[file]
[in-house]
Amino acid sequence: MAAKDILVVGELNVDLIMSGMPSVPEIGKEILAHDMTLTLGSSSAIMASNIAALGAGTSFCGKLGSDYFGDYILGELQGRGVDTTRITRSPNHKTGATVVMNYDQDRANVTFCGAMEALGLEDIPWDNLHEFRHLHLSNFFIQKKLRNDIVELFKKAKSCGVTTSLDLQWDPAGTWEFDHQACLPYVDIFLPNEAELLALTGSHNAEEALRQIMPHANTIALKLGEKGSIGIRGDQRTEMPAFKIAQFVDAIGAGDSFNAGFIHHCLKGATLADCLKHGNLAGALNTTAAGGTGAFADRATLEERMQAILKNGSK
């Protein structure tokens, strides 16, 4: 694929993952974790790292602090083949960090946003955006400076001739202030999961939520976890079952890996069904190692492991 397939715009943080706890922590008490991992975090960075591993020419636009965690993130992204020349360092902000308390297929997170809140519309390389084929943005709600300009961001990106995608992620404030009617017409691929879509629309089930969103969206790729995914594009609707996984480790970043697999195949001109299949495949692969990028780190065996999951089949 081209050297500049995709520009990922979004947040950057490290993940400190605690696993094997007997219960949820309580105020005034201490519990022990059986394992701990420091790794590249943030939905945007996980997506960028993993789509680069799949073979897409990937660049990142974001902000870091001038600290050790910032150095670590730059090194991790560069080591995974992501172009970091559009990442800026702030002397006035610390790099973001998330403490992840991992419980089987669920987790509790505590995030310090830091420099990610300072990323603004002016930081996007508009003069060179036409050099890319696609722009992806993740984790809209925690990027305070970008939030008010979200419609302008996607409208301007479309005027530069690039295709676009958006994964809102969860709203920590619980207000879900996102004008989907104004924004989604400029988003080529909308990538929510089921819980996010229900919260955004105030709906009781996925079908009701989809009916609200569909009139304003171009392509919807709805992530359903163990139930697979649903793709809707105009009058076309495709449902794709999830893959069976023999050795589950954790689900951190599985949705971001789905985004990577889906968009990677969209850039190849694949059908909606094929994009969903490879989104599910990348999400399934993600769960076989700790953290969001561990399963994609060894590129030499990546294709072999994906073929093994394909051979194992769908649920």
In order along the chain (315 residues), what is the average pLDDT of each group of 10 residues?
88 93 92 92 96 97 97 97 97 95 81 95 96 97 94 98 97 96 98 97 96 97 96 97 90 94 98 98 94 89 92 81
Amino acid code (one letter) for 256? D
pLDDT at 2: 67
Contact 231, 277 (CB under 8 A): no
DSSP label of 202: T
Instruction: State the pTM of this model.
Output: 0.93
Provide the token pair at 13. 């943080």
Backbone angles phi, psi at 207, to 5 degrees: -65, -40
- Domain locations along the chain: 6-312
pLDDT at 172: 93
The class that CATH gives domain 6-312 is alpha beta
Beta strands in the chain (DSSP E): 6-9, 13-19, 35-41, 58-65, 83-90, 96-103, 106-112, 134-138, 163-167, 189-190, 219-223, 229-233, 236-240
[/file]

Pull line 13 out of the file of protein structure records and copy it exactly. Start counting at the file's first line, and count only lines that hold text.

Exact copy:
Backbone angles phi, psi at 207, to 5 degrees: -65, -40